Lake Placid to switch rental enforcement software
LAKE PLACID — A Colorado-based company, MuniRevs, is taking over the back end of Lake Placid’s vacation rental regulation enforcement.
The Building and Planning Department is currently in the process of transitioning from using Host Compliance software to a program through MuniRev’s short-term rental arm, LODGINGRevs, to help it enforce the local short-term vacation rental regulations.
Property owners who have permits to operate a short-term vacation rental in Lake Placid should get an email in the next few weeks asking them to sign up for an account on the new platform, according to Code Enforcement Officer Michael Orticelle. Once property owners sign up for an account, they should be able to do everything online, such as renewing their permit or updating their contact information.
Throughout the past few months, Host Compliance has provided the local code enforcement office with a variety of information, such as how many properties in Lake Placid are being rented out as vacation rentals, to help the office enforce the village of Lake Placid and town of North Elba’s joint vacation rental law.
“We left the other company mostly for administrative reasons,” Orticelle said Monday. “Their customer service wasn’t what it should’ve been, it waned over the year, and we had no administrative power, really, to do any changes that would be helpful for owners — transferring properties and so forth.”
Host Compliance also operated a 24/7 vacation rental complaint hotline that fielded calls from residents on behalf of the code enforcement office. A new hotline will be established soon, but in the meantime, residents should call or email the Building and Planning Department with complaints about vacation rentals, according to Orticelle. The department’s office number is 518-523-9518.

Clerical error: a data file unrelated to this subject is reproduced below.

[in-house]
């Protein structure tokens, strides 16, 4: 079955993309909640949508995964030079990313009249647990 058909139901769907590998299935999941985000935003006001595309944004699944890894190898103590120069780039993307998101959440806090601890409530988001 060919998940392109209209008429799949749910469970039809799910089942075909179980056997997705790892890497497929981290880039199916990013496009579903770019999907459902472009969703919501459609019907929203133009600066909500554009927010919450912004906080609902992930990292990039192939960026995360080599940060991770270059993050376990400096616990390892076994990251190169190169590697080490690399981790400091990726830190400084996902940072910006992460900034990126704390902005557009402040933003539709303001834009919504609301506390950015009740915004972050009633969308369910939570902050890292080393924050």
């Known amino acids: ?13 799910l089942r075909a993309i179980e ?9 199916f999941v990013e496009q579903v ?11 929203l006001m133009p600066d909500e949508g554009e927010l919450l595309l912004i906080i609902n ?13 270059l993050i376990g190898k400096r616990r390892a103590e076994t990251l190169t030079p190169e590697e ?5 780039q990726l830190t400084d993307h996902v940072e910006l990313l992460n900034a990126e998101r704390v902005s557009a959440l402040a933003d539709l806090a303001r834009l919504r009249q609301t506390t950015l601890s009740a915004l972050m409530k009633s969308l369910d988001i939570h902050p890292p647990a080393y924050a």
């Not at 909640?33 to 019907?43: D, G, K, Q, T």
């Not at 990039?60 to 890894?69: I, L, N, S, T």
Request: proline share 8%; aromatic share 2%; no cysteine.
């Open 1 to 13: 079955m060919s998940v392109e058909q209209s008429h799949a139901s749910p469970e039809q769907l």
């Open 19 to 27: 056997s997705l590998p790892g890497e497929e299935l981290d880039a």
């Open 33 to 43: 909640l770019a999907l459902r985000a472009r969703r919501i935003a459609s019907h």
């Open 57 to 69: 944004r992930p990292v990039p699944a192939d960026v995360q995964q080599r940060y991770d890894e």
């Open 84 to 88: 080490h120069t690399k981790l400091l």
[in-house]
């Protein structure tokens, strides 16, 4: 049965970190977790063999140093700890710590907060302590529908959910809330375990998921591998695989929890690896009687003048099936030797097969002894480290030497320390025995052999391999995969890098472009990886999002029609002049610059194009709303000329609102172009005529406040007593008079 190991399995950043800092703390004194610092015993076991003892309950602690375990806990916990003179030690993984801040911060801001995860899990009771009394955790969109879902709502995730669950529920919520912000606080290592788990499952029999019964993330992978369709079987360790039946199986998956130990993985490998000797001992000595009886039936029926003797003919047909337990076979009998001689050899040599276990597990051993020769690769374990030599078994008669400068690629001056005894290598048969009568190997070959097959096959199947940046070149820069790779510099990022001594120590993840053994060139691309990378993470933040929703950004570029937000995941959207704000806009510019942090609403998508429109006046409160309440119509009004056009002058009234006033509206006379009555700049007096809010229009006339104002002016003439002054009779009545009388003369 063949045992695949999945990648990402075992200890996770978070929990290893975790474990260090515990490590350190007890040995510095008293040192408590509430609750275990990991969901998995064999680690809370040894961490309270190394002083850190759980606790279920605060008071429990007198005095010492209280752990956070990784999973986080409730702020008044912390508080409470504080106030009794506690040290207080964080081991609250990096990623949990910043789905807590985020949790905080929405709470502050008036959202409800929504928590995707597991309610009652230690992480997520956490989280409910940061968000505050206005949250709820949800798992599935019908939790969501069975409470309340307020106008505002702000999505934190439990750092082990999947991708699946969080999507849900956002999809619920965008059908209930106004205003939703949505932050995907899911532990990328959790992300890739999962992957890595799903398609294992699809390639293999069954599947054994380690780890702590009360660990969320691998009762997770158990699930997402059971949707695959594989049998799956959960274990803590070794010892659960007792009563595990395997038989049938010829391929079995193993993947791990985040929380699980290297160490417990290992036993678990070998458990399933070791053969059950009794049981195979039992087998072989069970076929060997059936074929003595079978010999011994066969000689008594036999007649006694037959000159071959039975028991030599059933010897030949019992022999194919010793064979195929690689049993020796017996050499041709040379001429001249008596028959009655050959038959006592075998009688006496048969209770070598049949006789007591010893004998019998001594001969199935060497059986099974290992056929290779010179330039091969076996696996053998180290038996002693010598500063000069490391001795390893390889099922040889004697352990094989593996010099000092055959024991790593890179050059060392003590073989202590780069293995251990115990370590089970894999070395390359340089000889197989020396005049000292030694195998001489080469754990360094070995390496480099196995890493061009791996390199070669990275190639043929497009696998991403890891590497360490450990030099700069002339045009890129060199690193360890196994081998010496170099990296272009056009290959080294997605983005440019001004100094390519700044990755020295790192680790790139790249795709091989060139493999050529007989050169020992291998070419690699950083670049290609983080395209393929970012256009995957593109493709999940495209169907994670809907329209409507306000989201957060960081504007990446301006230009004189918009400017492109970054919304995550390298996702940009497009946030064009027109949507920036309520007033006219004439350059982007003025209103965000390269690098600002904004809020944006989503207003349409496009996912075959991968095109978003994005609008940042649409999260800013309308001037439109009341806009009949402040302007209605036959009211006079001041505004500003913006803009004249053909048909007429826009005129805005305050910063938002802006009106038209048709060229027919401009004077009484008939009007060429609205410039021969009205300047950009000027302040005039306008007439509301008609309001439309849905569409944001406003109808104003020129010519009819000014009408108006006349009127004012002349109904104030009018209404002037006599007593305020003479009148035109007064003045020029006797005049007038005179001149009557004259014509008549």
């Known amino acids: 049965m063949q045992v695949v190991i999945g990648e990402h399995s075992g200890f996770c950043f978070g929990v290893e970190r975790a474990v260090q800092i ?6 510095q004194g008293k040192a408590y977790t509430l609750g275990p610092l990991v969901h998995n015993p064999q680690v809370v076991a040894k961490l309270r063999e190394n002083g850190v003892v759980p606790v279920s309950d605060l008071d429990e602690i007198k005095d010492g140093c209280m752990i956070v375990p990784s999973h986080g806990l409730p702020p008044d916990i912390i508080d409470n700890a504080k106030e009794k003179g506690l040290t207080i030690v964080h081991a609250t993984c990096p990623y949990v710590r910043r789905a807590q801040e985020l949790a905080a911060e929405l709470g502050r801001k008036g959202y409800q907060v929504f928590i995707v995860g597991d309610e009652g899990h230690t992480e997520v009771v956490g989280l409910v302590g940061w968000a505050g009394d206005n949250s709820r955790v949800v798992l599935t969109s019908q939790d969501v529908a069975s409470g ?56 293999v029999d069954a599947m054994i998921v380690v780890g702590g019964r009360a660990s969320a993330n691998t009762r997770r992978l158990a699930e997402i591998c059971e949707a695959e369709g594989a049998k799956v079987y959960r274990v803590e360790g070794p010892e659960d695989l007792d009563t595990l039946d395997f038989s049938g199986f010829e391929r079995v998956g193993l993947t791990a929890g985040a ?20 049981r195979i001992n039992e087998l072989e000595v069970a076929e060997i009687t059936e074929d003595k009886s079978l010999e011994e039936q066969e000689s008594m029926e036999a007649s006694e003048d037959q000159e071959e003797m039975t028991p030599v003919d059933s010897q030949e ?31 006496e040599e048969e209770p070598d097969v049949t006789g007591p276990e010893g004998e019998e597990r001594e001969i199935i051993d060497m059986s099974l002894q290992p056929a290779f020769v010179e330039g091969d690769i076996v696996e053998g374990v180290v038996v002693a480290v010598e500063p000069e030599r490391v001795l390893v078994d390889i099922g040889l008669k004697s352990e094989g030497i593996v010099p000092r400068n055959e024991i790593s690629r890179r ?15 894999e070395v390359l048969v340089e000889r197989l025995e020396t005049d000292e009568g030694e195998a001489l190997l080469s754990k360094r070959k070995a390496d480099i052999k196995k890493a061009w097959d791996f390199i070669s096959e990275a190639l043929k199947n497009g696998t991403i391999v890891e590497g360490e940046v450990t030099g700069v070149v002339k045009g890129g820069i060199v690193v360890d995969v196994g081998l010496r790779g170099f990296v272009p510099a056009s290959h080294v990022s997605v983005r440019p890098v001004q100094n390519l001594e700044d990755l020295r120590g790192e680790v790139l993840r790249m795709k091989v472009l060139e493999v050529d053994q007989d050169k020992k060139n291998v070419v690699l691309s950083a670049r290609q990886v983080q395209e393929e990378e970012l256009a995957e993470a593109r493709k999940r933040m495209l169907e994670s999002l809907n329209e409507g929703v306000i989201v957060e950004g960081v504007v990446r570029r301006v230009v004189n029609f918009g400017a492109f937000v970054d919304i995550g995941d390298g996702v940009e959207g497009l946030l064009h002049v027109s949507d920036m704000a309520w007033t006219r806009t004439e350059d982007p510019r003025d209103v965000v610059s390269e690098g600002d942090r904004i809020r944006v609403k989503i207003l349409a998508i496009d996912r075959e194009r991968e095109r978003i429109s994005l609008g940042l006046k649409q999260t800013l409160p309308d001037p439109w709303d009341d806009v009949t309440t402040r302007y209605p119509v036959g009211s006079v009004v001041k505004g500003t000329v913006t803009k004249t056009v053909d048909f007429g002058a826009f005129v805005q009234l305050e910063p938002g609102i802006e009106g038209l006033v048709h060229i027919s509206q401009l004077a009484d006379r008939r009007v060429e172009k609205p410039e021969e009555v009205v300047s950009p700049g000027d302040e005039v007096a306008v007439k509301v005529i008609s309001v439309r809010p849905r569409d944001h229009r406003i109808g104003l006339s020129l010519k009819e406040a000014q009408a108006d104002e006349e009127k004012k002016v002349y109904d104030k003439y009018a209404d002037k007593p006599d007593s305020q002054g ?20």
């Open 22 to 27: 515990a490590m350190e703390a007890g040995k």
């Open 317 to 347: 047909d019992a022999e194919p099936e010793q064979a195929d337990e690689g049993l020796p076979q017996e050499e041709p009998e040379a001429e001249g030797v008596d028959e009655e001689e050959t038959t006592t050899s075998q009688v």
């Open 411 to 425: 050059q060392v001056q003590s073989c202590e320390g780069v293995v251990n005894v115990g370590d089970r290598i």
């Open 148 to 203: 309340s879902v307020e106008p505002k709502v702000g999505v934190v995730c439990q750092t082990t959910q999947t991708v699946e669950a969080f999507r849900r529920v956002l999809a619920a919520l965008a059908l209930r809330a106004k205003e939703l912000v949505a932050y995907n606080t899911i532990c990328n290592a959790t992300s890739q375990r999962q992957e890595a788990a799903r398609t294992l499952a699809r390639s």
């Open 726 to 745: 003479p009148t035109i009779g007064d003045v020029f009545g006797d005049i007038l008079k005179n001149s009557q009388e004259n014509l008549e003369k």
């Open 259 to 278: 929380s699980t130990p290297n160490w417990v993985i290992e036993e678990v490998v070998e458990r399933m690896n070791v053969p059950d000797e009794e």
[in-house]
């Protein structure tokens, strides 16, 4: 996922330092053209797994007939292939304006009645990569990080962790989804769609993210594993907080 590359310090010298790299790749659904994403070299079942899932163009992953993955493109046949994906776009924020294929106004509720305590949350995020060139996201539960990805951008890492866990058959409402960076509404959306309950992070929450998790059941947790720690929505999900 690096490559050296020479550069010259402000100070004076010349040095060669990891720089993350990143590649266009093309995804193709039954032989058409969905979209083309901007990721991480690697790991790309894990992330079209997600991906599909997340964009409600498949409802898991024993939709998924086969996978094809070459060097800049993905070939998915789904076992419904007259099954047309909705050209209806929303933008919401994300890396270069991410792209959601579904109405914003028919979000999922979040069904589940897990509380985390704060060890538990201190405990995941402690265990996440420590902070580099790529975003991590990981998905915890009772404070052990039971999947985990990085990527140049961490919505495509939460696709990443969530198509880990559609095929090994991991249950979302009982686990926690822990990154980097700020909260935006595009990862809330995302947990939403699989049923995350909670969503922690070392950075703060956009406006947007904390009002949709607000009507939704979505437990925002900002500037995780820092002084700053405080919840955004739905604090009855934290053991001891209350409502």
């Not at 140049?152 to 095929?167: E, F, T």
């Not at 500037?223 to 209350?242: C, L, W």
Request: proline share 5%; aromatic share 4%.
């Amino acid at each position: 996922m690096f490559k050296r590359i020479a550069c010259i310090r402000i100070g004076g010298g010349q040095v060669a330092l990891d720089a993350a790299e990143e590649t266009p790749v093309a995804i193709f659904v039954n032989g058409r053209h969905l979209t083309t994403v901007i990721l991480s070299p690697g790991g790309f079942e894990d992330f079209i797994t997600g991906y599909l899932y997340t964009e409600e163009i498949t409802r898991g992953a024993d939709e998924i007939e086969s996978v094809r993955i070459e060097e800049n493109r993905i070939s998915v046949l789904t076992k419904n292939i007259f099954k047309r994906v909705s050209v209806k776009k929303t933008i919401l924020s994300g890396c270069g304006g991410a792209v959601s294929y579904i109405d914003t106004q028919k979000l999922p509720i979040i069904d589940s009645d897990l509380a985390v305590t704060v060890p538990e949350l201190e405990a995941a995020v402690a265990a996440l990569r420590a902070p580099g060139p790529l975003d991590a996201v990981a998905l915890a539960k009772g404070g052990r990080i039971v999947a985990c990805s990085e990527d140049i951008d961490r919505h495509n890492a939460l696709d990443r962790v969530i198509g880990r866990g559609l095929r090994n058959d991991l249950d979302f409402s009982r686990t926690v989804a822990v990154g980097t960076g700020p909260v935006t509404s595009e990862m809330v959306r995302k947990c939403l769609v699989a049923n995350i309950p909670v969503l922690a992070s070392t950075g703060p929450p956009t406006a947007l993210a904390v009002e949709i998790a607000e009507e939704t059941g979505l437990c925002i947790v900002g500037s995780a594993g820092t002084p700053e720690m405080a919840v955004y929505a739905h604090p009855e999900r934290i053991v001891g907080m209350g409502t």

The switch to LODGINGRevs is expected to save the department somewhere between $15,000 to $20,000 per year, according to Orticelle. The new software will also provide the department with more information, such as how many days a property has been rented in any given year. That function is expected to give the department some support as it enforces the village’s 90-day cap and the town’s 120-day cap on rental occupancy. These occupancy caps are only applicable to units where the owner doesn’t live full-time. The occupancy caps also don’t apply to properties on Main Street, Sentinel Road and on portions of state Route 86. Property owners can contact the Building and Planning Department for information specific to their units.
The fine for the first week of noncompliance with the law is at least $350, according to the law. Each week that the violation continues is counted as a separate law violation. When a property owner violates the law a second time within five years of the first offense, there’s another fine of at least $1,000. The code enforcement office has the ability to revoke a property owner’s rental permit. Property owners have the option of appealing any decision the office makes to the Short Term Rental Appeals Board within 30 days.